A Few Dangerous Construction Site Safety Myths

A Few Dangerous Construction Site Safety Myths

Safety isn’t just a set of protocols—it’s also a mindset. Being well informed about risks and best practices and being generally mindful of safety are big parts of having a safer perspective. But misinformation and myths can work against your ability to stay safe at the job site, and to help those around you be at less risk too. So, we thought we’d take a quick look at some pervasive construction site safety myths.

It’s important to recognize them for what they are, because the following construction site safety myths can make people less aware and proactive about creating the safest possible environment. And when you’re done looking them over, we have lots of other construction site safety content you can read.

Common Construction Safety Misconceptions

  • Myth: Safety is management’s responsibility. Yes, a construction company’s management has many responsibilities for keeping the entire workforce safe. But everyone contributes to safety on the job, and anyone can jeopardize it for themselves and others. It’s up to each individual to follow safety rules, to be careful, to pay attention, to speak up about potential safety hazards, and to otherwise act responsibly.
  • Myth: Meeting OSHA standards is enough to keep everyone safe. The reality is that OSHA rules are the minimum of what should be done for accident prevention and to keep workers safe. OSHA itself even says its regulations are the absolute minimum. You must, of course, meet all OSHA standards, but they should be exceeded for increased safety.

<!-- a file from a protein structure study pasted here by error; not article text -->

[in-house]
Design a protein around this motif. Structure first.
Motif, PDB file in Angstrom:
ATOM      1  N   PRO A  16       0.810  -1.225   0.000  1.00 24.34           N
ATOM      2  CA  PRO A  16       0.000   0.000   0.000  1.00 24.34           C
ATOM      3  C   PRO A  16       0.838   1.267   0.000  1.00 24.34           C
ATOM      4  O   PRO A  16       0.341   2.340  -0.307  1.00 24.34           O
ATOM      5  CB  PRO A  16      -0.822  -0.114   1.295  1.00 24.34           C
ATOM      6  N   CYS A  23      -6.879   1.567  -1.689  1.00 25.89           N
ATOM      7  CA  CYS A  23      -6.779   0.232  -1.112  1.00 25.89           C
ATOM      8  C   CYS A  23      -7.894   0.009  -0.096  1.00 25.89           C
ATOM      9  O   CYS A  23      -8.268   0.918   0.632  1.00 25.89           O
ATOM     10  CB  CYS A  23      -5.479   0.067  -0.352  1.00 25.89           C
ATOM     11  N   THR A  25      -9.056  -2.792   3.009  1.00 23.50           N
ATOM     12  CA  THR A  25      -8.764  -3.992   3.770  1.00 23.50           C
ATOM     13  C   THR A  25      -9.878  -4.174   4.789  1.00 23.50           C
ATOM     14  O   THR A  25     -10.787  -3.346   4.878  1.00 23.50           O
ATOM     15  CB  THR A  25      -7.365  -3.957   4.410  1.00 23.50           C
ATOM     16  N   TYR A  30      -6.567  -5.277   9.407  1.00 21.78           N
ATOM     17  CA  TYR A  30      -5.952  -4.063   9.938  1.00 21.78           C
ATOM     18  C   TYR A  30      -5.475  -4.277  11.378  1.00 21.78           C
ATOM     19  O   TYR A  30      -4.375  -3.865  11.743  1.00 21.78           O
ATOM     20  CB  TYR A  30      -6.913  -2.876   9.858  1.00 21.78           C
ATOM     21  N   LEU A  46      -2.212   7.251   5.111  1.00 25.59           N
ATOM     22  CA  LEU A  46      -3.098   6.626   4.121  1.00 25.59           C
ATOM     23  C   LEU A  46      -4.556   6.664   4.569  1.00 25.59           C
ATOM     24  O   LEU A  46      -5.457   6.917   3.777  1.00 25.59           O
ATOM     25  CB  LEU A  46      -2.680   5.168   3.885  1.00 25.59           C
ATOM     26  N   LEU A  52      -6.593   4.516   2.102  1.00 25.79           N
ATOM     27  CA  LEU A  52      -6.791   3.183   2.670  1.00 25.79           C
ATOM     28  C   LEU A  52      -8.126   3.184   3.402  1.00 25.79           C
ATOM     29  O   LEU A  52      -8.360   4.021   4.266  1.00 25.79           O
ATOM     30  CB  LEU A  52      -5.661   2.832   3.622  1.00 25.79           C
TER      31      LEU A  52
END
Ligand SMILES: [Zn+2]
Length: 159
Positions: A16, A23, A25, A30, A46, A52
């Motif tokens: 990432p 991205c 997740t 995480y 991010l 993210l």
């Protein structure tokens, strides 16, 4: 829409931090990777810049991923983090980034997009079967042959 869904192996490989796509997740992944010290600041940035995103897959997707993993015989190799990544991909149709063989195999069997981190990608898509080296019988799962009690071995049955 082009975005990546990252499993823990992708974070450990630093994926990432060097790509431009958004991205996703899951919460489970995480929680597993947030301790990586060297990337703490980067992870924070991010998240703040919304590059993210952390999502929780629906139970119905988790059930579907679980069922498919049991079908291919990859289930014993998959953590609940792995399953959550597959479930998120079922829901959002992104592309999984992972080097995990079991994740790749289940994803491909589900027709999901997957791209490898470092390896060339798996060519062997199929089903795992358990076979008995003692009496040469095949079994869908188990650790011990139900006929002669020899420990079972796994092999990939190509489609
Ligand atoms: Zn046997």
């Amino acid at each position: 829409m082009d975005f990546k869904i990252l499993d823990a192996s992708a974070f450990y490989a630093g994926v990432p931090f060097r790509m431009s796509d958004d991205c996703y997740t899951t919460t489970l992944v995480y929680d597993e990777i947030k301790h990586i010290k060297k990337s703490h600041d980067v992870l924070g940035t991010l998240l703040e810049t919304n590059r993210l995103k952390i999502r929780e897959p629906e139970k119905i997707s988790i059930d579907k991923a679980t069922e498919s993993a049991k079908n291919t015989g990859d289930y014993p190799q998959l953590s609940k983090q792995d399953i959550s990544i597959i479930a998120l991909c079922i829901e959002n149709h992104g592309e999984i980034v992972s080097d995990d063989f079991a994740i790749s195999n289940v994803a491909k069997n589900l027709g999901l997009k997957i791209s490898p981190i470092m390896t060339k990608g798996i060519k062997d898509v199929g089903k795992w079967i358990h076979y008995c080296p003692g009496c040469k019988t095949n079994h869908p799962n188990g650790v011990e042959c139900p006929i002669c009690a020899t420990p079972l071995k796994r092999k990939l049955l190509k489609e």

• Myth: Accidents just happen. After all, that’s what accidents are, right? Wrong. You can’t prevent every accident, but there are lots of ways to reduce the risk of accidents. Even though they seem random, accidents have causes—usually a specific collection of circumstances and/or series of events. Safety planning and prevention helps stop these from culminating in accidents that cause injuries and damage. Most mishaps at construction sites are in fact preventable.
  • Myth: Personal protective equipment does enough to keep workers safe. Personal protective equipment (PPE) is essential. But really, it’s the last line of defense, preventing or reducing injury once an accident occurs. For example, a hardhat can prevent serious injury if an item falls off scaffolding, but it does nothing to prevent items from falling off scaffolding. Even with everyone on site properly using PPE, it’s still important to minimize the risk of accidents.
  • Myth: Workers just need safety training when they’re hired. Safety training should be ongoing. There’s too much to cover in a session or two at the start of employment. Plus, people forget things over time. Ongoing training reinforces a culture of safety and the lessons, and it helps prevent workers from becoming complacent about safety. Also, project-specific safety plans should be developed and shared with everyone involved.
  • Myth: Incentive programs are a great way to promote safety. Incentives like offering employees rewards for certain periods of time without accidents or injuries can be helpful, but they can just as easily prevent reporting of problems as they can prevent problems themselves. And the same goes for instating consequences for accidents. If you want to make good use of incentives and positive reinforcement, offer it for things like attending safety meetings and reporting unsafe conditions, potential hazards, and safety rule violations.

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